[[Genetically modified organism|(GM organisms)]] have genetic material altered by [[genetic engineering]] procedures such as [[recombinant DNA technology]]. GM crops have become a common source for genetic pollution, not only of wild varieties but also of domesticated varieties derived from classical hybridization.<ref>{{Cite news|last=Pollan |first=Michael |url= |title=The year in ideas: A TO Z.; Genetic Pollution; By Michael Pollan, The New York Times, December 9, 2001 |publisher=New York Times |date=2001-12-09 |accessdate=2009-06-21}}</ref><ref>{{Cite book|url= |title=Dangerous Liaisons? When Cultivated Plants Mate with Their Wild Relatives |first=Norman C. |last=Ellstrand |publisher=The Johns Hopkins University Press |year=2003 |isbn=0-8018-7405-X}} Reviewed in {{Cite journal|title=Hybrids abounding |journal=Nature Biotechnology |volume=22 |pages=29–30 |doi=10.1038/nbt0104-29 |first1=Steven H |last1=Strauss |first2=Stephen P |last2=DiFazio | |date=2004-01-01|issue=1}}</ref><ref>{{Cite book|url= |title=Genetic pollution: Uncontrolled spread of genetic information (frequently referring to transgenes) into the genomes of organisms in which such genes are not present in nature. |author=Zaid, A. |year=1999 | |issue=7 |isbn=92-5-104369-8 |accessdate=2009-06-21|display-authors=1 |work=Glossary of biotechnology and genetic engineering.}}</ref><ref>[ "Genetic pollution: Uncontrolled escape of genetic information (frequently referring to products of genetic engineering) into the genomes of organisms in the environment where those genes never existed before." Searchable Biotechnology Dictionary]{{dead link|date=May 2011}}, [[University of Minnesota]], []</ref><ref>{{Cite web|url= |title=The many facets of pollution |publisher=Bologna University |accessdate=May 18, 2012}}</ref>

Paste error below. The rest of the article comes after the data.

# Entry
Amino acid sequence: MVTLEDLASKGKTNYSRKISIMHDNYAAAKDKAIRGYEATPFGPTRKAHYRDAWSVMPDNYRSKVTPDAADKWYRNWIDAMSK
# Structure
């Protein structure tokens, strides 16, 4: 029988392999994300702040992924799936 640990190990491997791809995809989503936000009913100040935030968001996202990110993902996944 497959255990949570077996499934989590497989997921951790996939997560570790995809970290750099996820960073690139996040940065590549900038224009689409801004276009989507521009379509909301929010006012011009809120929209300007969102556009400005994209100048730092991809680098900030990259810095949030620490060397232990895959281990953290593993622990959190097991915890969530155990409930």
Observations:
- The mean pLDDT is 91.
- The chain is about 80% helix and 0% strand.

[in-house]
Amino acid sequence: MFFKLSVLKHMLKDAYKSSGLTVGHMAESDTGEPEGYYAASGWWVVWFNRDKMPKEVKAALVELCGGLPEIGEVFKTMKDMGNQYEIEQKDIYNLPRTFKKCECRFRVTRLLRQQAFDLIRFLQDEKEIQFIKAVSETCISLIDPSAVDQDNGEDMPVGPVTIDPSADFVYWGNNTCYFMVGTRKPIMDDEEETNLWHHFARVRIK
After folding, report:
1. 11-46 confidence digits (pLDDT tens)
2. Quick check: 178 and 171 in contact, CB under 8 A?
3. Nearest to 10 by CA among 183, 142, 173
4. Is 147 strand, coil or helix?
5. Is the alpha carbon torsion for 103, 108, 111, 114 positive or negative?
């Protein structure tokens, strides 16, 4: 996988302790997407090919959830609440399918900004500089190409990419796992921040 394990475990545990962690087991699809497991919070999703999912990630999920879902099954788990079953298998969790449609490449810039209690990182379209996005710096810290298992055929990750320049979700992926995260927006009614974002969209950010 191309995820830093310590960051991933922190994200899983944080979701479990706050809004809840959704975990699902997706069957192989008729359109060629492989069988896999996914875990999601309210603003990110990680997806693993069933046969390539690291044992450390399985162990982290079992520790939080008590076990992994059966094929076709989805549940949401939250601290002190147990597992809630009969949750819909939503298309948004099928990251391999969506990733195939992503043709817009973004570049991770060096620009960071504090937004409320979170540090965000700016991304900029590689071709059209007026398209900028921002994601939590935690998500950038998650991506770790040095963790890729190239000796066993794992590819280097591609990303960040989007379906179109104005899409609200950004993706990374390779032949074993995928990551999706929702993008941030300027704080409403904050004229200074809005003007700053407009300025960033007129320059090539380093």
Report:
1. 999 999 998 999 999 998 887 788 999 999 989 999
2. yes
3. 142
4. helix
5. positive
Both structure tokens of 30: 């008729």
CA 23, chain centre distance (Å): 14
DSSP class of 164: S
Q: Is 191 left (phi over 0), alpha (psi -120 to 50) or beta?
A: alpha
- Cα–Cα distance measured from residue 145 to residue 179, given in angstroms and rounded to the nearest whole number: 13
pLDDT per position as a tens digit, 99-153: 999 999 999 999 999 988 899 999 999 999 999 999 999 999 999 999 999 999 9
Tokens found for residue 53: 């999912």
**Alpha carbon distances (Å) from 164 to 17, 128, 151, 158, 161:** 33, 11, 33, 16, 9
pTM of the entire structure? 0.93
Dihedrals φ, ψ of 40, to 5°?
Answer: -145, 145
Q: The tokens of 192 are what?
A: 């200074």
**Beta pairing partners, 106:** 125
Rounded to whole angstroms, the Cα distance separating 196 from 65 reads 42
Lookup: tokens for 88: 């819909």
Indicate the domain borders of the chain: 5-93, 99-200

Genetic erosion coupled with genetic pollution may be destroying unique genotypes, thereby creating a hidden crisis which could result in a severe threat to our [[food security]]. Diverse genetic material could cease to exist which would impact our ability to further hybridize food crops and livestock against more resistant diseases and climatic changes.<ref name="bulletin28" /><!--this argument seems circular. hybridization is bad limits future hybridization. so...the more genetic engineering the better so as to limit future hybridization? just sayin'...-->